Close to thirty years ago, through SMCRA, Congress dealt with the reclamation problem that then faced this country as a result of decades of coal mining that provided needed supplies of energy, but left many States and communities with land that was badly scarred, no responsible party to reclaim the land, and no taxpayer funds that would allow the federal or state government to do the work.   Pennsylvania was one of those States with such a problem.   At the same time, Pennsylvania had an abundance of coal, communities whose economies benefited from coal mining, and a coal mining industry interested in doing the work.   To provide for reclamation and at the same time allow States such as Pennsylvania to continue mining, SMCRA established new stringent rules for permitting, bonding, mining and reclamation.   Notably, it was also one of the first laws passed by Congress employing a new form of federalism, whereby States could assume primary responsibility for implementing the law with a limited amount of federal supervision.   Pennsylvania's approved program provided an ABS as an alternative to full cost bonding, which allowed the cost and burden of bonding to be shared across the Commonwealth and the industry.   Over the period in which the ABS was in place, significant mining operations took place by responsible operators who met their commitments fully, and produced needed coal while employing thousands of Pennsylvanians in well paying jobs.

However, as well intentioned as the ABS program may have been, within the first ten years of its operation, it became clear that the ABS left the Commonwealth with now unreclaimed land, unabated mine discharges, and a reclamation fund insufficient to meet the new obligations.   In 2001, PADEP scrapped the ABS for existing and future mining operations, and converted to the full cost CBS.   Since SMCRA was enacted thirty years ago, we are faced in this case, for the first time, with the question of what continued level of supervision OSM should maintain over a State's program where an ABS is converted to a CBS without firm financial guarantees of complete reclamation in place.   Although Congress did not speak explicitly to its intention on this precise issue, its message to America in the form of SMCRA is clear enough-the environmental damage resulting from unreclaimed mining sites must be mitigated.   To this end, we believe the only reasonable conclusion in this case is that OSM supervision is required until full guarantees of reclamation are in place.

For the reasons set forth above, we will reverse the District Court's judgment with respect to Counts Two and Three of the Complaint, sustaining the agency actions in this case, and remand to the District Court with instructions to set aside OSM's June 12, 2003 termination of its October 1, 1991 Part 732 Notice, and the portion of OSM's October 7, 2003 final rule deleting the 30 C.F.R. § 938.16(h) amendment, both of which required that Pennsylvania bring its program into compliance with 30 C.F.R. § 800.11(e).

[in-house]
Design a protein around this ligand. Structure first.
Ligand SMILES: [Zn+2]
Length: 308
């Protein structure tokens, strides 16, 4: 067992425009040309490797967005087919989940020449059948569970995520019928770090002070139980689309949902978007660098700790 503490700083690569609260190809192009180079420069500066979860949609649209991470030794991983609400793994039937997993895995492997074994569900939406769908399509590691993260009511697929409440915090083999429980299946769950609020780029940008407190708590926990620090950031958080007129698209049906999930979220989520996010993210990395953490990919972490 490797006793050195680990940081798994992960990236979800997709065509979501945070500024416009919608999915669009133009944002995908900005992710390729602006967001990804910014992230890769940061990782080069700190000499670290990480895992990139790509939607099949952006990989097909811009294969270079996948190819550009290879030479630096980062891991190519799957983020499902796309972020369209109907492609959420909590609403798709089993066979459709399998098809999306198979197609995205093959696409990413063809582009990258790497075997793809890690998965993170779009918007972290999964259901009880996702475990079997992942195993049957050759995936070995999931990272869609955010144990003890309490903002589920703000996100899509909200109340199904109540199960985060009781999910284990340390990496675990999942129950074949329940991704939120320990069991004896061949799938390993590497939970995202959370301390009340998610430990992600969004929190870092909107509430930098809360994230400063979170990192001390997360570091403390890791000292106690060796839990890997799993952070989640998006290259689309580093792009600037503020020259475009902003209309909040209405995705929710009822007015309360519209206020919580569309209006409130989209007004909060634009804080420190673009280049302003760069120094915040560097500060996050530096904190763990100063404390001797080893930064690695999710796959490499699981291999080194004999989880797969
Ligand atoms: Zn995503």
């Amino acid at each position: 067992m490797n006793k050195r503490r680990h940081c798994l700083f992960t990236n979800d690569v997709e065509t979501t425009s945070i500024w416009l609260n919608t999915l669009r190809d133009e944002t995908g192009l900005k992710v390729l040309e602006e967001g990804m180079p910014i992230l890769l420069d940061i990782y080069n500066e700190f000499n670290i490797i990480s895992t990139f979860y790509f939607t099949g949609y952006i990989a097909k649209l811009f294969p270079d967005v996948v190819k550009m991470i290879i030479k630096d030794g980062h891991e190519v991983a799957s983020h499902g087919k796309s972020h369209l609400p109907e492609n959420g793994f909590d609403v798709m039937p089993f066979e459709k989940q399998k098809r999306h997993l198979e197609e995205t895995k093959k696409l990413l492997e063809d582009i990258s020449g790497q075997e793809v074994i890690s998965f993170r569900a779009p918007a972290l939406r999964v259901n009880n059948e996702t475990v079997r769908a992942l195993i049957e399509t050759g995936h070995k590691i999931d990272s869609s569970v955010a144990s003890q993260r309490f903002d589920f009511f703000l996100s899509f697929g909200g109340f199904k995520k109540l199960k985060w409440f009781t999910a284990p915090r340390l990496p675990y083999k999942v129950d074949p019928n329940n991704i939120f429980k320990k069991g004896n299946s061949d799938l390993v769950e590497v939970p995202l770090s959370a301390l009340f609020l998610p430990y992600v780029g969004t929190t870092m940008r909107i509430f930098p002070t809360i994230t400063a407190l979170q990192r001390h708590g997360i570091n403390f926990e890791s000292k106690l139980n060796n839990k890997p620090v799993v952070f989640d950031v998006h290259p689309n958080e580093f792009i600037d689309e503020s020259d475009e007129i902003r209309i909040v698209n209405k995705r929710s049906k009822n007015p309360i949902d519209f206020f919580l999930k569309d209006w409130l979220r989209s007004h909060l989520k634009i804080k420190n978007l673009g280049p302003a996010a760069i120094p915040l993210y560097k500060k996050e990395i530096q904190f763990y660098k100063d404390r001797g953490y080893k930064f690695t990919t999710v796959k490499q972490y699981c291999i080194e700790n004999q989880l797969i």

1.   The Part 732 Notice states, in part:The specific event leading to this determination is an OSM Field Office evaluation of the adequacy of the Commonwealth's alternative bonding system (ABS).   This evaluation identified unfunded reclamation liabilities (for backfilling, grading, and revegetation) in excess of eight million dollars for current bond forfeiture sites alone.   The review also found that the ABS is financially incapable of abating or permanently treating pollutional discharges from bond forfeitures.   Even if no such discharges are created in the future, annual treatment costs for existing discharges are currently estimated at 1.3 million dollars.Section 509(c) of SMCRA authorizes the Secretary to approve an ABS if it will achieve the objectives and purposes of the otherwise mandatory conventional bonding program.   As set forth in 30 CFR 800.11(e), this provision means that the ABS must (1) assure that sufficient funds are available to complete the reclamation plans for any areas in default at any time, and (2) provide a substantial economic incentive for the operator to comply with all reclamation requirements.   As discussed in the preceding paragraph, these conditions no longer exist in Pennsylvania.

2.   On October 13, 1999, the Federation filed a related action in the Middle District of Pennsylvania seeking to compel Federal and State officials to comply with various provisions of SMCRA.  Pennsylvania Fed'n of Sportsmen's Clubs, Inc. v. Kathleen A. McGinty, No. 99-CV-1791.   That action is stayed pending disposition of this matter.

3.   Those resources are:  (1) Remaining;  (2) Reclamation-in-lieu of civil penalty agreements with active operators;  (3) Surety reclamation/abatement of forfeited sites;  (4) Bonds forfeited and collected from the site;  (5) Excess funds from the ABS;  (6) Title IV AML funding for insolvent surety companies;  (7) Title IV 10% set-aside funding for insolvent sites in Qualified Hydrologic Units;  (8) Additional Pennsylvania funding, such as Growing Greener;  (9) Other funds or approaches that become available.

4.   Dismissal of the first count, alleging that OSM had failed to follow administrative procedures required by law in rescinding the final rule and required amendment, is not appealed by the Federation.

5.   OSM argues that the Federation has waived the argument that “Pennsylvania's ABS could be terminated only through a program amendment,” Br. of Appellee OSM 39 n.9, by failing to raise it below.   However, we believe this argument is preserved as a component of a larger issue argued by the Federation in the District Court, namely that “the ABS continues to exist as an approved part of the Pennsylvania program.”   Plaintiffs' Surreply Br., Doc. 55 at 6 n. 6.